Saturday, 5 October 2013

Guest Post: Dream Interview by J Joseph Wright

The Description of Jack James and the Tribe of the Teddy Bear 

Ten-year-old Jack James has a secret. He's found a teddy bear he swears is really a mysterious animal with supernatural abilities. Soon he discovers its name is Takota, a Tanakee on the run from some ruthless and sinister forces. After a storytelling enchantress teaches them of a centuries-old bond between humans and Tanakee as well as an ancient evil bent on destroying the entire universe, Jack and Takota are thrust toward their shared fate. On their journey for survival, Takota must conquer strong inner turmoil and learn the true nature of his emerging mystical powers, while Jack has to help harness a revolutionary device invented by his father in the hopes of rescuing them all fromc ertain extinction.

Read on for the Dream Interview!


Since my book, Jack James and the Tribe of the Teddy Bear, has quite a divergent set of themes and concepts, I thought it interesting to have a different interviewer for each question. An expert in each field, so to speak.

For the scientific aspect, multiple dimensions and what I call omnidimensional power, the perfect questioner is the late Carl Sagan, cosmologist and author. 

Q: I have stated the possibility that billions and billions of other dimensions could exist right alongside our own. How did you use this concept to develop the idea of omnidimensional power absorption?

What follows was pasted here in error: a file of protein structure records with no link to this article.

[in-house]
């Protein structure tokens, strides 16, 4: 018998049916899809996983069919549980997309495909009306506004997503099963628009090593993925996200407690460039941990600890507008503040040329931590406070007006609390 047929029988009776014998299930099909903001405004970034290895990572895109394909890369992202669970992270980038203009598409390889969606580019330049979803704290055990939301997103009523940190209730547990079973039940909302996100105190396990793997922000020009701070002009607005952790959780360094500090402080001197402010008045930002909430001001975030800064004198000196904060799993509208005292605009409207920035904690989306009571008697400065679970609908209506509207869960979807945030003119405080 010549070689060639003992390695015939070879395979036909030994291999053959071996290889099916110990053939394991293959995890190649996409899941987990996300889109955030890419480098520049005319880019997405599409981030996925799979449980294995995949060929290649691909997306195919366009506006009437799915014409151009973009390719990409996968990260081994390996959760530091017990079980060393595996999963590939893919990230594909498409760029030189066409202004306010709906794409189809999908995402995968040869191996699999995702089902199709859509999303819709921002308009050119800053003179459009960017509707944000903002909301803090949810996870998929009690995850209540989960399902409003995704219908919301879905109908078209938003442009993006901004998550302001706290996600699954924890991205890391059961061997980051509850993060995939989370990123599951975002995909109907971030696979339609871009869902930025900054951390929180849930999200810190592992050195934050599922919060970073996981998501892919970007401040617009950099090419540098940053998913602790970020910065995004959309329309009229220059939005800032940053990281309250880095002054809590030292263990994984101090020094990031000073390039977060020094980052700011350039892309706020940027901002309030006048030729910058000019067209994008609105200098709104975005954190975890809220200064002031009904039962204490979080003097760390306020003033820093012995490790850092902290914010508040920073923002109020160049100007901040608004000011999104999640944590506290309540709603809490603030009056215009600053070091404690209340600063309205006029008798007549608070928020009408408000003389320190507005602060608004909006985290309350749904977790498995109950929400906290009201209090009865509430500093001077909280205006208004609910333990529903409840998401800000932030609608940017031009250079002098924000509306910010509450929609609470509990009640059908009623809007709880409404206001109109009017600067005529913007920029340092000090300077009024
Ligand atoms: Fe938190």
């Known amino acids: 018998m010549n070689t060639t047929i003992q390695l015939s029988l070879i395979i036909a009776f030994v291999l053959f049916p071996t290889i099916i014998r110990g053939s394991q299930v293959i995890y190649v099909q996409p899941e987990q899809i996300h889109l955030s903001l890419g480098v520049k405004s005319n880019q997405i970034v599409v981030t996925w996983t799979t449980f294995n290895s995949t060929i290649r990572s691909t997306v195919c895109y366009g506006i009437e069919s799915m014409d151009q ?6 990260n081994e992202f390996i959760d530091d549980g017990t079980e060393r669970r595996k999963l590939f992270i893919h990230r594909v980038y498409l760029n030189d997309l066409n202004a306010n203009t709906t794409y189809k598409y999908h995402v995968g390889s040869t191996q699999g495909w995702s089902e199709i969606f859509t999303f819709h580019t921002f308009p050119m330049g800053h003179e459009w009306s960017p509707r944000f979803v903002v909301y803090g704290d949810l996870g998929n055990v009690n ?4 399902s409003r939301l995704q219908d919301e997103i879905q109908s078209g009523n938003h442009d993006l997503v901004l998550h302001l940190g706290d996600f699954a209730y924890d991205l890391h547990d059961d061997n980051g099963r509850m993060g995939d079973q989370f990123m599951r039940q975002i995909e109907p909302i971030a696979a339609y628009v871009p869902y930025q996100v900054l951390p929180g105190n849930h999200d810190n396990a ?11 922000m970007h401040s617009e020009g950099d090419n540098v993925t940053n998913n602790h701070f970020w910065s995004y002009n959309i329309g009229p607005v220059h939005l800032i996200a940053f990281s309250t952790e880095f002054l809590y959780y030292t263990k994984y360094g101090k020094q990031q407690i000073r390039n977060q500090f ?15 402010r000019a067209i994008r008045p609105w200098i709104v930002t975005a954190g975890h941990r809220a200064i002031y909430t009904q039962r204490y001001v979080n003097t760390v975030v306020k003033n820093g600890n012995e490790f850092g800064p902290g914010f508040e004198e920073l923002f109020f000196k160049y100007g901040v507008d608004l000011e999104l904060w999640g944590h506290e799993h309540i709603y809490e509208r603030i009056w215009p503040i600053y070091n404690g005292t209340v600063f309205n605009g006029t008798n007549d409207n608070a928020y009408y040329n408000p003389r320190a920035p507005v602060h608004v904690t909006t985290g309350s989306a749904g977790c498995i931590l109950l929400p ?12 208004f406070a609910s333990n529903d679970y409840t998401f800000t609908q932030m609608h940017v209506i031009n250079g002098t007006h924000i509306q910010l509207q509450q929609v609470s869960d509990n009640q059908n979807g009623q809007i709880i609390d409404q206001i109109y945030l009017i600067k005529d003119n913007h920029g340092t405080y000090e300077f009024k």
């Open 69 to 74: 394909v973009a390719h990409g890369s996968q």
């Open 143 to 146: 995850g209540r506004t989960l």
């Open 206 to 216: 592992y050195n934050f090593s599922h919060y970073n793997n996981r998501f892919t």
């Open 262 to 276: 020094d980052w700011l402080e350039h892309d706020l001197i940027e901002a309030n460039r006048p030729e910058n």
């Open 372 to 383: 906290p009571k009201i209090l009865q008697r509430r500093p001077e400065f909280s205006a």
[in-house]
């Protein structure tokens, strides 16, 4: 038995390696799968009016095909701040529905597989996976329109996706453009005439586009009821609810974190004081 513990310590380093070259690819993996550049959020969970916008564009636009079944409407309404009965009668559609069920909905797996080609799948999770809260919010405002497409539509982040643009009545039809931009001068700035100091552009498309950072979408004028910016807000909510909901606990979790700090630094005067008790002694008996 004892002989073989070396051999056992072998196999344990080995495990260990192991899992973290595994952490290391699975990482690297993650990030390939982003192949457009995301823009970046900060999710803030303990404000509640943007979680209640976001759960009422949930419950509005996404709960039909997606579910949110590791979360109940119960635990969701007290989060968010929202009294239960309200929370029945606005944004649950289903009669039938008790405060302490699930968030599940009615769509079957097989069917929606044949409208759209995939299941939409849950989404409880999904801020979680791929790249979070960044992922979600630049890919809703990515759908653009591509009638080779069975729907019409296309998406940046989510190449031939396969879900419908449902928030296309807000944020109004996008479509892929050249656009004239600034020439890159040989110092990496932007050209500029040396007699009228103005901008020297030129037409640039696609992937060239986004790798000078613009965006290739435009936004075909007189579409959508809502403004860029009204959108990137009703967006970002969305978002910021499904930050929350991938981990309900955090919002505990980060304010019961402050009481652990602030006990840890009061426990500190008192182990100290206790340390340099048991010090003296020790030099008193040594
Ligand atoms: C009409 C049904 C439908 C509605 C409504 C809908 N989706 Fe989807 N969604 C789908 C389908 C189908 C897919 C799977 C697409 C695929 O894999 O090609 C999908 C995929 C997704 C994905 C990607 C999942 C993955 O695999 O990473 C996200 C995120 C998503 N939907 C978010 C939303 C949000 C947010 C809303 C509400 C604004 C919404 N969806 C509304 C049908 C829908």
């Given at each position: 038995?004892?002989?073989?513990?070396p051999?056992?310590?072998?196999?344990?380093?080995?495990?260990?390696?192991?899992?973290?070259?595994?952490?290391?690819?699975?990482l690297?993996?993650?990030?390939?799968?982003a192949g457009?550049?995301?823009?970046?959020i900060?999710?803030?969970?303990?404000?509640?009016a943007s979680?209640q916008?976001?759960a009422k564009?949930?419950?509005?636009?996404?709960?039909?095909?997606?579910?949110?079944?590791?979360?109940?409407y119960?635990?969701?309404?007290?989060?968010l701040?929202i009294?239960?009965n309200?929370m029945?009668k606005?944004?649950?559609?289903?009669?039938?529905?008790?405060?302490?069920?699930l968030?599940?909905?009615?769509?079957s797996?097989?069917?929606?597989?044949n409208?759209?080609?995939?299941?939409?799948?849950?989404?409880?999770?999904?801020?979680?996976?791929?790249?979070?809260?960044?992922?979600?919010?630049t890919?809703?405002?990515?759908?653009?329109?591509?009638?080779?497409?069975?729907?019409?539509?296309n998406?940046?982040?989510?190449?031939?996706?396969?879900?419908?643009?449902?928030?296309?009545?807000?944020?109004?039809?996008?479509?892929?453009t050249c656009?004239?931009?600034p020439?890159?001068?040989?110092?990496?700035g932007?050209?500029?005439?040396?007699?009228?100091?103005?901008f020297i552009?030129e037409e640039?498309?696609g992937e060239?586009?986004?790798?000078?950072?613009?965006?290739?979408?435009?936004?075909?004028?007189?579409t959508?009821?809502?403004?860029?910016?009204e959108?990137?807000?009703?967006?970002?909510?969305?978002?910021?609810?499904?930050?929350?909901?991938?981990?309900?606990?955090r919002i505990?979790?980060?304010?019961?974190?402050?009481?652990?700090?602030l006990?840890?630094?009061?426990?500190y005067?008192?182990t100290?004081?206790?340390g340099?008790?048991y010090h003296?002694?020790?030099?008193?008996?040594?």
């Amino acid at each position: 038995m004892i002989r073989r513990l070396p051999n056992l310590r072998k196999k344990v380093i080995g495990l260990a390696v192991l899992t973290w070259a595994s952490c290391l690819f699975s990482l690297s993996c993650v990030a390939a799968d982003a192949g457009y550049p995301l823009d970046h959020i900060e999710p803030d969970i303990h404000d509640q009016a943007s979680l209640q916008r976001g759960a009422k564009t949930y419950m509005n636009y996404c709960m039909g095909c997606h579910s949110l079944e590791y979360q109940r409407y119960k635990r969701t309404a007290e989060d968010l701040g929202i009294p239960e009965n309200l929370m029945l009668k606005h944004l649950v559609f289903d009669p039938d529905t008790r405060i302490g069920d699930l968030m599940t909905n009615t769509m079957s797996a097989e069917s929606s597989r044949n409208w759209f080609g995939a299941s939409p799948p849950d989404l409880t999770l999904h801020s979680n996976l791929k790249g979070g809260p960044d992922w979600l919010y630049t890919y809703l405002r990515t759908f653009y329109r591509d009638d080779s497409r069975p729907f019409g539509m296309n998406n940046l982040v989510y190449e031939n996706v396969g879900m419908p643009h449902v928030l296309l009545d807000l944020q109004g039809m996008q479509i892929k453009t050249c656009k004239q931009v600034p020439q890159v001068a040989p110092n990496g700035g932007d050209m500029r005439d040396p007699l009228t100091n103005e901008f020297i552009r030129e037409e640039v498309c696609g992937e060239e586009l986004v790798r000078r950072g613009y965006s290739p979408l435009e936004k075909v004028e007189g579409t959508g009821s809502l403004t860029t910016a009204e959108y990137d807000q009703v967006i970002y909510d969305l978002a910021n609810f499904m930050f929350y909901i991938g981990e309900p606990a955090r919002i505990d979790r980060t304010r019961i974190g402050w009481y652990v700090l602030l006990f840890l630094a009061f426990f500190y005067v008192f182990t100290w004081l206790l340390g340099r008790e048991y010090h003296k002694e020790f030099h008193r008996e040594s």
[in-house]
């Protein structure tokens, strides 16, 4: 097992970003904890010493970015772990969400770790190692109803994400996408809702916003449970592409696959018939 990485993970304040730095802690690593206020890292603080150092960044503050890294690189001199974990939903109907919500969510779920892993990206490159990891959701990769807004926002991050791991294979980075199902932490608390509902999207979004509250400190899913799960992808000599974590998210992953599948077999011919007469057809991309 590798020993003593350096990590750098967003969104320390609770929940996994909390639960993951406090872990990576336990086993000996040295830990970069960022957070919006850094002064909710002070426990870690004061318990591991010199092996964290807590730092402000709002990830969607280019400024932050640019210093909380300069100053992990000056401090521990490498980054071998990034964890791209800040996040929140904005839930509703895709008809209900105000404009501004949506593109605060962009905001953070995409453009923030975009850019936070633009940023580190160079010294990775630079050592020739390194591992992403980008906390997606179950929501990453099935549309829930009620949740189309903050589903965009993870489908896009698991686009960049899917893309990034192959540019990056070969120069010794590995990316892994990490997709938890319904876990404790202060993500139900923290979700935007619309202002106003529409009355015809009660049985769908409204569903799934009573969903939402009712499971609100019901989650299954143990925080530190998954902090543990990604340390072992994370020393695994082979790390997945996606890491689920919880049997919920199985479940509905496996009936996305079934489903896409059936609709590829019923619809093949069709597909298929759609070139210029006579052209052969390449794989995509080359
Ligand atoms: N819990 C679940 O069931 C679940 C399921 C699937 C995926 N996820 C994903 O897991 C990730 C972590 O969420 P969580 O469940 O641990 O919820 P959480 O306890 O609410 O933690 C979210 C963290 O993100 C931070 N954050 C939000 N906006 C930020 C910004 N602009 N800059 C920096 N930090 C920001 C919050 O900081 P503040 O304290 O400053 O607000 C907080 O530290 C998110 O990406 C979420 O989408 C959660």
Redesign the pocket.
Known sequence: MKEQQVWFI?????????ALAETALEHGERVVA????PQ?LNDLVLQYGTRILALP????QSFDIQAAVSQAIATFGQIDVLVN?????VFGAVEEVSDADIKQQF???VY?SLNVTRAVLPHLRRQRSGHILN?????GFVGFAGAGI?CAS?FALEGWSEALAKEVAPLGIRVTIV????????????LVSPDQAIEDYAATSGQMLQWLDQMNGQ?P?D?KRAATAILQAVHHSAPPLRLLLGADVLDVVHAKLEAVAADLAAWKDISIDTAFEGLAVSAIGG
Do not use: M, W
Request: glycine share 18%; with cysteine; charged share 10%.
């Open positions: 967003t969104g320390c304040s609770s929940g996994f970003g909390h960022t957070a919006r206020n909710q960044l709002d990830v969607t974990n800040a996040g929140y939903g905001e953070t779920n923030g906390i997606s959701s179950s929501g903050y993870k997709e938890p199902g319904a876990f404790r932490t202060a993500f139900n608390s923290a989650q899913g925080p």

A: Now that you mention it, Dr. Sagan, I was quite inspired by you, and your astonishing theories on the cosmos. You and scientists of your ilk have postulated long ago about parallel dimensions, an idea that has captured my imagination since I can remember. And it has propelled my thinking into new and unsuspected realms where ideas of things like omnidimensional energy absorption became possible. Let me explain. In Jack James and the Tribe of the Teddy Bear, Jack’s father invents some cutting edge technology in the form of a handheld device he calls the O/A. The concept is this: there are parallel universes. Infinite numbers of them. And in each universe is another you, another me. Infinite yous and mes. Now imagine a device that could combine the power of all of those yous into one single body, your body. You would have super powers, both mentally and physically. That’s the idea behind omnidimensional energy absorption, and its seeds were sown in the fertile soil of Carl Sagan’s groundbreaking philosophies.

For the idea of Teddy Bears coming to life, I thought the late A.A. Milne, creator of Winnie The Pooh, would come up with a great question. 

Q: My Pooh characters were inspired by my son’s real life stuffed animals. What inspired the Tanakee?

A: It’s funny because I never really was a stuffed animal type of kid. My obsession, and it was an obsession, revolved around my blankie. I took that blankie with me everywhere. Put Linus to shame, I did. Even though I never got into plush bears and puppies and bunnies, I still found them fascinating, and always felt a little sad for them when I would see one at the store, waiting for a child’s love. Almost like seeing a lonely puppy at the pound. One day as I was shopping and thinking these strange thoughts about teddy bears, I wondered what if there was more to the stuffed toys that meets the eye? What if they came to life after the store closed and ransacked the groceries? What if they weren’t teddy bears at all, but magical creatures pretending to be teddy bears? I must say, either subconsciously or otherwise, my childhood love of Winnie the Pooh influenced my creative process. Thank you, A.A. Milne.

For the overall Fantasy aspect of the story, the witches and giants and ancient legends, who better to ask a learned question than one of the greats, JRR Tolkien? 

Q: In Lord of the Rings, I created a mythos using very deliberate language and concepts. Were you aware you were creating a mythos of your own?